When I interviewed my Nana, a year before she died, she told me a story about her father who she remembered walking over what she called the mountain on his way to work. She said:
“I can see him now because he went up our garden over the road and the mountain started from there up… and he’d go so far up and he’d turn back and wave to us…”
That image of my great grandfather has stayed with me ever since, an image which seem to crystallise when I followed in his footsteps, walking from the back of my Nana’s old house in Hafodyrynys and up the slope of the ‘mountain’ as she used to call it.
It was whilst reading The Duino Elegies by Rainer Maria Rilke, that I came upon the following passage:
“Who has twisted us this way round,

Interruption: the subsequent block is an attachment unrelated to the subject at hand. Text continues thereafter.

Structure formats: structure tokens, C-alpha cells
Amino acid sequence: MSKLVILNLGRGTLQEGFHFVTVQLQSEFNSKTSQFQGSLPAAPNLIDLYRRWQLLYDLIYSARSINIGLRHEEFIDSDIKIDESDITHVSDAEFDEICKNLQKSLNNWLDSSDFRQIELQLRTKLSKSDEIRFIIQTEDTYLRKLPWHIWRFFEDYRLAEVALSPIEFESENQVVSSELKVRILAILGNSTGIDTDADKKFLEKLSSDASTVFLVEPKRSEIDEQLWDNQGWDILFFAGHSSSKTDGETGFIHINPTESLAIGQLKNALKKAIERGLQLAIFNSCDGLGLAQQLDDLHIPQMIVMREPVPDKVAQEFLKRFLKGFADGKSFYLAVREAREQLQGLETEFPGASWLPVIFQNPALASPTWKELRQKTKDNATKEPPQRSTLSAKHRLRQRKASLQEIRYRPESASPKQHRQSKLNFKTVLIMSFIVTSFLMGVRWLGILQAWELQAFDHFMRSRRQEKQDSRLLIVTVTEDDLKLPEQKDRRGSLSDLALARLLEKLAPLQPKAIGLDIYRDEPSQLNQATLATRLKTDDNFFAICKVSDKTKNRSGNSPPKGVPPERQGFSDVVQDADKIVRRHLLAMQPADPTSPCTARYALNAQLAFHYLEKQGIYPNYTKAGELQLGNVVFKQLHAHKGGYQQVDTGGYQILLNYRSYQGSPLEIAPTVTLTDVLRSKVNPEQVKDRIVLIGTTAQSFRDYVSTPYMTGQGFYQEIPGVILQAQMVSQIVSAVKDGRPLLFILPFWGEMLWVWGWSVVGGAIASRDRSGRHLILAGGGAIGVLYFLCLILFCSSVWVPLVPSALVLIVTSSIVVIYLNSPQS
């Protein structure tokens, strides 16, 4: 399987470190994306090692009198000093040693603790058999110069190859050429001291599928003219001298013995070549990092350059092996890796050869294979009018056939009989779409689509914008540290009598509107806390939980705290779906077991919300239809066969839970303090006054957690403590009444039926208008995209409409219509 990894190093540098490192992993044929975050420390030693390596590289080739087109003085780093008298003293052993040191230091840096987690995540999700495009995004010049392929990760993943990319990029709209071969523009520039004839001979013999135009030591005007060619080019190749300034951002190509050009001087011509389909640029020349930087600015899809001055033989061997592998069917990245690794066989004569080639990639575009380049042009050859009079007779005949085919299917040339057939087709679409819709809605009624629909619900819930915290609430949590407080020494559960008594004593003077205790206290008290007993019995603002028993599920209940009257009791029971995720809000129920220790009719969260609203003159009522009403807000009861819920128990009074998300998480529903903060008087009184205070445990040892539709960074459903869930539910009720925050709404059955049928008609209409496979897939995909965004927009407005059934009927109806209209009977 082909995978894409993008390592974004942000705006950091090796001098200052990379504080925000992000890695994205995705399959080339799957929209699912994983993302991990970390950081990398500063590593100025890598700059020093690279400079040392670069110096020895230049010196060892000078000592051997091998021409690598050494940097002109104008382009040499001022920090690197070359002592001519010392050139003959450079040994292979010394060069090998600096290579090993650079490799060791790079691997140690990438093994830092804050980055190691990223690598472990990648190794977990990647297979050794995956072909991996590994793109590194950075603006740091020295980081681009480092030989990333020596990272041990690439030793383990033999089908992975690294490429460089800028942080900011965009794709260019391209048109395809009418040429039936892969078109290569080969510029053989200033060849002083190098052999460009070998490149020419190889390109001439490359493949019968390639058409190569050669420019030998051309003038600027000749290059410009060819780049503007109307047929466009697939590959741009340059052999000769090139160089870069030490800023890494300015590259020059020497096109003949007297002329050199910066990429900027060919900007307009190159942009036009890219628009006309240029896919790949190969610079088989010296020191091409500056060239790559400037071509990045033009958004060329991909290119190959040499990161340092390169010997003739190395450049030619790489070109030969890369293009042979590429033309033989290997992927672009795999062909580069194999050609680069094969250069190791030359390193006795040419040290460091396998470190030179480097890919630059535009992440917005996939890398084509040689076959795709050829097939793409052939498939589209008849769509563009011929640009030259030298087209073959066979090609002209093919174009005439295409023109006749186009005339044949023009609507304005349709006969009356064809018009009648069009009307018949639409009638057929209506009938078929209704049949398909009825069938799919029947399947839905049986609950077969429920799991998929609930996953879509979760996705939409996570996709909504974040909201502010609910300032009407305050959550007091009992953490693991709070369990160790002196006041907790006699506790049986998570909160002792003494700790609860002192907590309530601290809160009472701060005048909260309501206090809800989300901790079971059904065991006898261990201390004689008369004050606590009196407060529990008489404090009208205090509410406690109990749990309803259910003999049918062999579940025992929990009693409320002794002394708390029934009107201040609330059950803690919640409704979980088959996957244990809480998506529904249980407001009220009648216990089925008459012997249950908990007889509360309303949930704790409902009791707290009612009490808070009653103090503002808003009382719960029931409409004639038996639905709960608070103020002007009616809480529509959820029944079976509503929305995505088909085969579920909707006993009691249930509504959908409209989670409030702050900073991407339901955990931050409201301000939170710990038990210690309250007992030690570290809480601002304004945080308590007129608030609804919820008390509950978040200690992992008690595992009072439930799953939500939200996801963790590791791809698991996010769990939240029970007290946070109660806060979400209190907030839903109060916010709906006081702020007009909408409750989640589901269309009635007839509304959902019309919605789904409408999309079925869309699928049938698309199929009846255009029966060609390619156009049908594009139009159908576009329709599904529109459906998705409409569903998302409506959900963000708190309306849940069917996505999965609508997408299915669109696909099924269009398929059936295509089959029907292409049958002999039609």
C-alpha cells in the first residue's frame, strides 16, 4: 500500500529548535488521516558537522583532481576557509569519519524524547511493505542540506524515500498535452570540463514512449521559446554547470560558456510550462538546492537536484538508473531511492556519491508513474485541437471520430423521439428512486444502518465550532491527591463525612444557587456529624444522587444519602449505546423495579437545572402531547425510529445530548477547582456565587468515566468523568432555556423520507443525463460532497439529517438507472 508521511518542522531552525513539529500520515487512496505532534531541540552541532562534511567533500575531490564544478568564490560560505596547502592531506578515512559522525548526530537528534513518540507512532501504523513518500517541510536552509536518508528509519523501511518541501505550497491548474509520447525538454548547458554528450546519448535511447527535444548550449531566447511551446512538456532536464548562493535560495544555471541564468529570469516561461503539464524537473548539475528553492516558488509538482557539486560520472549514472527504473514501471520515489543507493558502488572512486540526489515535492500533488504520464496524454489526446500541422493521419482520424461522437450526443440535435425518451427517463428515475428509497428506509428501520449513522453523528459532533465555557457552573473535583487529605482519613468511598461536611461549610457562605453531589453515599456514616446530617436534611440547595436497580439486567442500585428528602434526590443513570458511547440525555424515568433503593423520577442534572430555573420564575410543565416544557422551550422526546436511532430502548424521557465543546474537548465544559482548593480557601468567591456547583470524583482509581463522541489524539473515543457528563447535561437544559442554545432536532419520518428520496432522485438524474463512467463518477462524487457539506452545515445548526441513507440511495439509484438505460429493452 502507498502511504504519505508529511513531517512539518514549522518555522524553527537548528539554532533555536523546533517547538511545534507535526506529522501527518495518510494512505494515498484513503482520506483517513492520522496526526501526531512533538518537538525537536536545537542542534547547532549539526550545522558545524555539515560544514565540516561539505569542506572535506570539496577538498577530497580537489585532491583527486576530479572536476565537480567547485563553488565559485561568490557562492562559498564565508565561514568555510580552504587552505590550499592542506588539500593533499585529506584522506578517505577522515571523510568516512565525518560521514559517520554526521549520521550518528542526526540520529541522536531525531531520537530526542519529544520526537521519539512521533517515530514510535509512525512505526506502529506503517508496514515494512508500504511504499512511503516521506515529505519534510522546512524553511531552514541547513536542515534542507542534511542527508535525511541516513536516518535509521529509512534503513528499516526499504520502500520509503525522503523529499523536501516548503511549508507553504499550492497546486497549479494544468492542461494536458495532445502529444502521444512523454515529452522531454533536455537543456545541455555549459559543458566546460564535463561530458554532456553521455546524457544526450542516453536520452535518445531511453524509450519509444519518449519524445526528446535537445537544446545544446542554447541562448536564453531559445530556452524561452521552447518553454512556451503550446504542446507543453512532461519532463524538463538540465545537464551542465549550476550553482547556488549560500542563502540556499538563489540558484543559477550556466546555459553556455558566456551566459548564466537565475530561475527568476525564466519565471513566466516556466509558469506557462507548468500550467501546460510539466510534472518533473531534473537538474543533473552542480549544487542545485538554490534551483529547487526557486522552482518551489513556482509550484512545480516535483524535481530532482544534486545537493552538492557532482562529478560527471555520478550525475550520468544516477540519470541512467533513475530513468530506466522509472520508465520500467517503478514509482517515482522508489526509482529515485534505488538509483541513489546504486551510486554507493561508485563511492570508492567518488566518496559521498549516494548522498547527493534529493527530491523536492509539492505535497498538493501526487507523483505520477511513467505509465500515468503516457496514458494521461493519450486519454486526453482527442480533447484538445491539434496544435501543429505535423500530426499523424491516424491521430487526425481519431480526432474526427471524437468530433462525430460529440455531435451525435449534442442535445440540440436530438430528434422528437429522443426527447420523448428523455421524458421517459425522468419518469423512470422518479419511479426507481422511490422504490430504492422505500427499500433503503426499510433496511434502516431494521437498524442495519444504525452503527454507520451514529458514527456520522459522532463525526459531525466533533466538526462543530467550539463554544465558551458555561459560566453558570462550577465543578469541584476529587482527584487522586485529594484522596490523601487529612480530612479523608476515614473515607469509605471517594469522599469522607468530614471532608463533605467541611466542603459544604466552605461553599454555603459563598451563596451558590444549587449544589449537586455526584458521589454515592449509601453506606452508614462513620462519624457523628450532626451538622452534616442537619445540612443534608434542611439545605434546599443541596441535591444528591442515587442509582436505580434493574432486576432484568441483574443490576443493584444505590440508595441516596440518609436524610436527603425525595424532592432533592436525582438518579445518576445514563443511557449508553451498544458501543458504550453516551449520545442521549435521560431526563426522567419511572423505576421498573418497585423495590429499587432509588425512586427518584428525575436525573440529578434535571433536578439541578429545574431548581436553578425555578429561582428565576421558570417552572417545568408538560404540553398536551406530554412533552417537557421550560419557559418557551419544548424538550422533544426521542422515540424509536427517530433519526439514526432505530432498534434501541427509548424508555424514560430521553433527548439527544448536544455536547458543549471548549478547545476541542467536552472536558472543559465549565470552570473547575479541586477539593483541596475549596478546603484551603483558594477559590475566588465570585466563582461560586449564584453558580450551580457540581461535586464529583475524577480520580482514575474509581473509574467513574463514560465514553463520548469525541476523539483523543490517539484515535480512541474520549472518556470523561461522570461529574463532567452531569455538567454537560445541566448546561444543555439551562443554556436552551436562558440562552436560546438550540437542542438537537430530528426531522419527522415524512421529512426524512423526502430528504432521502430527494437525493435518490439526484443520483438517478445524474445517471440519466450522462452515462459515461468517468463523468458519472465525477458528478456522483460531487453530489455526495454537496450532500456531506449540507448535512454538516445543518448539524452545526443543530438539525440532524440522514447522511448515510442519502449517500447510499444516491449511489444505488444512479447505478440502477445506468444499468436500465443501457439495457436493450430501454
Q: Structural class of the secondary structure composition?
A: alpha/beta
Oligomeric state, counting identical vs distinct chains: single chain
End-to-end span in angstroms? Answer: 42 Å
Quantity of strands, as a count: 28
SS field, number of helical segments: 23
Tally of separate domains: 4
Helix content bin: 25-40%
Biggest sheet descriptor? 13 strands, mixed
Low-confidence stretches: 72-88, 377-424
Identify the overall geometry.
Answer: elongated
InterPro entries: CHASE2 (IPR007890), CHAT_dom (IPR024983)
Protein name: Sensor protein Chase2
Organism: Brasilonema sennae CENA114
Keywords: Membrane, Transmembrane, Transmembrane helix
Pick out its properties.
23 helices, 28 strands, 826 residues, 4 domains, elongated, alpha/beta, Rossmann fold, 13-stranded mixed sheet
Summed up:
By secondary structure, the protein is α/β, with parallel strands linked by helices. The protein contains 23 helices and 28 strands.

so no matter what we do we are always
in the position of one leaving? Just as,
on the last possible hill from which he can
glimpse his whole valley one final time,
he turns, stops there, he lingers –
so we live on, forever bidding goodbye.”
The image of my great grandfather, that which my Nana left me with, is almost exactly what Rilke has described in his poem. It isn’t just the image of him waving goodbye to his children, it’s also that of him saying goodbye to the world.
In his book, ‘The Past is a Foreign Country,’ David Lowenthal writes:
“‘Recognition does not always give us back the warmth of the past,’ writes Simone de Beauvoir; ‘we lived it in the present;… and all that is left is a skeleton.’ A long-ago scene recalled is ‘like a butterfly pinned in a glass case: the characters no longer move in any direction. Their relationships are numbed, paralysed.’ Her decaying ‘past is not a peaceful landscape lying there behind me, a country in which I can stroll wherever I please, and which will gradually show me all its secret hills and dales. As I was moving forward , so it was crumbling.’ Time’s erosion grievously afflicts what memories remain: ‘Most of the wreckage that can still be seen is colourless, distorted, frozen; its meaning escapes me.”